He earned a B.A. in art history from Princeton University and a master’s in economics from the London School of Economics in 1985, the year he married Diane deCordova in an Episcopal ceremony in the Princeton chapel. She had earned a master’s in comparative government from the London school. Lewis was working then as an investments associate at Salomon Brothers in New York, later transferring to London as a bond salesman.

    The Salomon experience provided grist for the mill that became his first book. In addition to books, Lewis wrote prolifically for The Spectator, New York Times Magazine,  Bloomberg, The New Republic, Slate and others. He joined Vanity Fair as a contributing editor in 2009.

    His nonfiction books like “Liar’s Poker: Rising through the Wreckage on Wall Street” (1989), “The New New Thing: A Silicon Valley Story” (1999), “Moneyball: The Art of Winning an Unfair Game” (2003), “The Blind Side: Evolution of a Game” (2006) and “The Big Short: Inside the Doomsday Machine” (2010) built and cemented his reputation as a financial analyst/muckracker.

    Several others followed, including “The Undoing Project: A Friendship that Changed Our Minds” (2017). It explored the Nobel Prize-winning collaboration of Daniel Kahneman and Amos Tversky on how the human mind works. “The Premonition: A Pandemic Story” was published in 2021.

    Critic Tom Bernard called him “the best satirist writing in English” and “the reincarnation in the United States of Evelyn Waugh.” (New York magazine, Sept. 30, 2011) “The Blind Side” (2009), “Moneyball” (2011) and “The Big Short” (2015) were adapted as major feature films.

    “The Blind Side” details how Isidore Newman classmate Sean Tuohy and his family of evangelical Christians adopted Michael Oher, a troubled, illiterate and rebellious African-American, and transformed him into a National Football League star with a college degree. 

    “[Lewis] basically had a key to our house,” said Leigh Anne Tuohy. “Whenever he came to town, we made him go to church. We said, ‘If you want to talk to us, you’re coming to church.’ ” To their dismay, Lewis, an atheist, resisted conversion. “Lord knows we tried,” said Sean Tuohy. “We had people praying for him.” (Ibid.)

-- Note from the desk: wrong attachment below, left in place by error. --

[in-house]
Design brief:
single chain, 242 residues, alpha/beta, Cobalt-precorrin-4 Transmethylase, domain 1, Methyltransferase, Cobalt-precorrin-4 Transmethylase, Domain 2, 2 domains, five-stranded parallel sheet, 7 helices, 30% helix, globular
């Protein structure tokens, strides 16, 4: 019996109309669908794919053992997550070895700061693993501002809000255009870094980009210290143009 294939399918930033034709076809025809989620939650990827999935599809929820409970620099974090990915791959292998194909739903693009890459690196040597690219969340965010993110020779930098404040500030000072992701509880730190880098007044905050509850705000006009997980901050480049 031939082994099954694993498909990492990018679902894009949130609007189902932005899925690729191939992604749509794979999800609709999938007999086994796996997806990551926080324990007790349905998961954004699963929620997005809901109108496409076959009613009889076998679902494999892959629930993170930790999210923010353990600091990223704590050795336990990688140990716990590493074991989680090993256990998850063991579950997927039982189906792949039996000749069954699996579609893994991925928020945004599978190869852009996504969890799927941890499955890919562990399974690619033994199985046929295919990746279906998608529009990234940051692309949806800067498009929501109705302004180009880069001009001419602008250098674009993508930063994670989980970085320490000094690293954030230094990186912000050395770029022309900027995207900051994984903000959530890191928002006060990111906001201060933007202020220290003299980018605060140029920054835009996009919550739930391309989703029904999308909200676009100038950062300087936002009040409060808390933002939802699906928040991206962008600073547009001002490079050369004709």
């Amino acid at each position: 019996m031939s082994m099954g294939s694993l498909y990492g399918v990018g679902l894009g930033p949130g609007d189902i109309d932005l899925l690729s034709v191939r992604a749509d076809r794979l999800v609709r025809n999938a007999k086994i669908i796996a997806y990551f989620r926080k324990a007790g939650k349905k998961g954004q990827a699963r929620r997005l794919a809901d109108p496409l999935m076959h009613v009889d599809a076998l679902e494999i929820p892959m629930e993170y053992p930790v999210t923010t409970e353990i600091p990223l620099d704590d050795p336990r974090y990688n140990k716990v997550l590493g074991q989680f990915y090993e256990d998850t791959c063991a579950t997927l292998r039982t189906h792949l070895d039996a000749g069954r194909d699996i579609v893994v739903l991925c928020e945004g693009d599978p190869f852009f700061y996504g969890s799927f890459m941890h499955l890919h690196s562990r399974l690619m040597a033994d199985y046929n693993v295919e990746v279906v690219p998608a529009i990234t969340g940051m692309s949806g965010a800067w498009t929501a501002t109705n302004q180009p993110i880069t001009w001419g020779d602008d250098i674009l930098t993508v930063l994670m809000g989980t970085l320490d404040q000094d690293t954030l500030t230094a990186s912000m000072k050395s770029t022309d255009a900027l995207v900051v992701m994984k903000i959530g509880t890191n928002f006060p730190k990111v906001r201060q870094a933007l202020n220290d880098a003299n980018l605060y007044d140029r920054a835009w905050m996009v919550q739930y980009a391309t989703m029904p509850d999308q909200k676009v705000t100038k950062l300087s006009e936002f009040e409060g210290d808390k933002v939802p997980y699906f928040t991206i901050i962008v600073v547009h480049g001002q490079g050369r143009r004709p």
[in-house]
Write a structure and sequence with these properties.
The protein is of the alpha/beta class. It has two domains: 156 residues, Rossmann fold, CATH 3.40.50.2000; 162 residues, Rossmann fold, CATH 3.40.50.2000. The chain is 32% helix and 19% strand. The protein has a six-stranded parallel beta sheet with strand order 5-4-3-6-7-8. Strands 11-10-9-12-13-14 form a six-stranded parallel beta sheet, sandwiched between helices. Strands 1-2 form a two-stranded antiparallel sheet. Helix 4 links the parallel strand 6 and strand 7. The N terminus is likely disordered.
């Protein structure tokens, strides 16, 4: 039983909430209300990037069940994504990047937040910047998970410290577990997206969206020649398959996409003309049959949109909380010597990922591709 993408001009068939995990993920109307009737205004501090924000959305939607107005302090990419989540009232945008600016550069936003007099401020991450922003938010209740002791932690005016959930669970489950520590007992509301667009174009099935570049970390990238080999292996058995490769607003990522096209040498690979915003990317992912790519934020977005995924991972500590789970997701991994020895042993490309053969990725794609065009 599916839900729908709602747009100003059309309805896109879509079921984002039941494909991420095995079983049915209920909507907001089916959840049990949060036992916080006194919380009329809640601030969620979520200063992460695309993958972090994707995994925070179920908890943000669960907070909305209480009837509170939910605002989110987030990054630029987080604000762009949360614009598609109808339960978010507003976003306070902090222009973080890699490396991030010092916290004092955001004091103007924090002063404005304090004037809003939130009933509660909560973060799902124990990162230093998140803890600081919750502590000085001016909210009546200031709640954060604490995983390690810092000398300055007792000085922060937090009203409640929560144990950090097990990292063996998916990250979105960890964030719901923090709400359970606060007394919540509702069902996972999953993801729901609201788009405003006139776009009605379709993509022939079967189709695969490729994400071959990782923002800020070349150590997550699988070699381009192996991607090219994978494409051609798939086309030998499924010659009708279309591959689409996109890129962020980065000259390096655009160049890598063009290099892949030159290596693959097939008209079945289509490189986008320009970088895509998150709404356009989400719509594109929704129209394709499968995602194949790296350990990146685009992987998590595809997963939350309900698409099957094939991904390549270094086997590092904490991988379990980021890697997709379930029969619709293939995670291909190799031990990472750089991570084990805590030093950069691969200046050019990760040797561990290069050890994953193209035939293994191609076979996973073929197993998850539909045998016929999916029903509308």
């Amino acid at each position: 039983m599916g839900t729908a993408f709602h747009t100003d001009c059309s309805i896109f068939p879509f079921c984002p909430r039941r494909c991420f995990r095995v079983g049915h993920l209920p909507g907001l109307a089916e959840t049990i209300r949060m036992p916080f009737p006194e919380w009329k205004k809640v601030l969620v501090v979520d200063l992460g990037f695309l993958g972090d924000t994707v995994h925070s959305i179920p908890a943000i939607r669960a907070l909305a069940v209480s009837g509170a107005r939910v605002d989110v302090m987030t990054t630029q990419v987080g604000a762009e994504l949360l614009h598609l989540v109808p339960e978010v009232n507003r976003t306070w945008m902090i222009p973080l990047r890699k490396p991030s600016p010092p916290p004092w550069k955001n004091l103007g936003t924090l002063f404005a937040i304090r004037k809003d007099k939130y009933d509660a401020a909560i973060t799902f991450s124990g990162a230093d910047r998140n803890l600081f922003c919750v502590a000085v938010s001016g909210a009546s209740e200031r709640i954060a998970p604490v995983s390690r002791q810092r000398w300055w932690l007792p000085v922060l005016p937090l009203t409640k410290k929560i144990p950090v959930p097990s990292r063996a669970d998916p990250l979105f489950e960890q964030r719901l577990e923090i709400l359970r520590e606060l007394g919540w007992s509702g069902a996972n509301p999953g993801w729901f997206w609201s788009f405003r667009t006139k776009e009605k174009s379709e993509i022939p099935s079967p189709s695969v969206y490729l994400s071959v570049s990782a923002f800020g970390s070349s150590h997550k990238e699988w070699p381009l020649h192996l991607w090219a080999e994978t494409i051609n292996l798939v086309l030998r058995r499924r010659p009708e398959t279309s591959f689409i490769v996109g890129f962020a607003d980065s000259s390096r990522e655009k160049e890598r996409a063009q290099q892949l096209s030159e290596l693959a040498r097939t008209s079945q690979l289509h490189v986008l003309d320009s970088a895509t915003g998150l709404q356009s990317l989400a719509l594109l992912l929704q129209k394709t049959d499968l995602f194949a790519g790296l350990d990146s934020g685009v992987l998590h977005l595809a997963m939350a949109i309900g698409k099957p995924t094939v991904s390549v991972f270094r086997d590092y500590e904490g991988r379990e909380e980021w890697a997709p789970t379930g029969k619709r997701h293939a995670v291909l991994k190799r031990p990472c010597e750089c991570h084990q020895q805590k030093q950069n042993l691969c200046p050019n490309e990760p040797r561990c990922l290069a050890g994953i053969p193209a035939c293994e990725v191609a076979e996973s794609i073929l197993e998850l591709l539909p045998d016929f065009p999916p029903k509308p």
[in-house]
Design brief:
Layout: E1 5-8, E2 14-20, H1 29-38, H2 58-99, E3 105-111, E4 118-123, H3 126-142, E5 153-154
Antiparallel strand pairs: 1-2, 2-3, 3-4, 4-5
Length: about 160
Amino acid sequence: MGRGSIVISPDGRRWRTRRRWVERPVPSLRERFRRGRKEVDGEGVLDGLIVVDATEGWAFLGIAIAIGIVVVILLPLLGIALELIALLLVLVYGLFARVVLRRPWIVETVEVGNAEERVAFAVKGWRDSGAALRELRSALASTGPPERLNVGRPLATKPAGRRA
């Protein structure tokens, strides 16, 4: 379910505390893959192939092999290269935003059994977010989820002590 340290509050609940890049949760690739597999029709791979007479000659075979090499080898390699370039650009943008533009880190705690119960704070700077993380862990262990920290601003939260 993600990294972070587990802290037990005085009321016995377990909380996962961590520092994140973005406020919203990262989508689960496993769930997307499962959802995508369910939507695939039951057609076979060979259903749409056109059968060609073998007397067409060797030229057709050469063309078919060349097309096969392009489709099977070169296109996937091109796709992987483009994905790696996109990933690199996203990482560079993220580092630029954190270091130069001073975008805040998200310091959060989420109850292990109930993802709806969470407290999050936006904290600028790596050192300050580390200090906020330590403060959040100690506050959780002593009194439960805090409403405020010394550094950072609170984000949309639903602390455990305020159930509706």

A gentile, Lewis could ladle on the sarcasm when he felt like it, as an article headlined “Toy Goy” showed. “Most years I commemorate the flight of the Jews through the Sinai to the Promised Land by witnessing a far more hectic flight of the Jews through the traffic jam to the airport, then looking around to see what they have neglected to finish. Each of these annual occasions revives my sympathies for the much maligned Pharaoh.” (The New Republic, April 26, 1993)

    After his marriage to deCordova ended, he wed Kate Bohner, a journalist and financial executive, in 1994. A third marriage followed in 1997 to Tabitha Soren, a fine art photographer and entertainment journalist. They had two daughters, Dixie and Quinn, and a son, Walker. Tragically, Dixie died in 2021 at age 19 when a car driven by her boyfriend hit a semi tractor-trailer head-on near Truckee, Calif.

    PHOTO: Lewis at a 2015 screening in Hollywood of “The Big Short” at the TCL Chinese Theater (formerly Grauman’s); Kathy Hutchins / Shutterstock photo. 

    CESAR [a Romanian priest]: But they are used to having visitors, so it shouldn’t be a problem. But what is your religion?
    LEWIS: I don’t have one.
    CESAR: But you believe in God?
    LEWIS: No.
    CESAR: Then I’m pretty sure they can’t let you in.

    — Lewis, detailing his attempt to enter a monastery in Greece (Vanity Fair, Sept. 6, 2010)
    Compiled by Bill Dunn
    © Freedom From Religion Foundation. All rights reserved.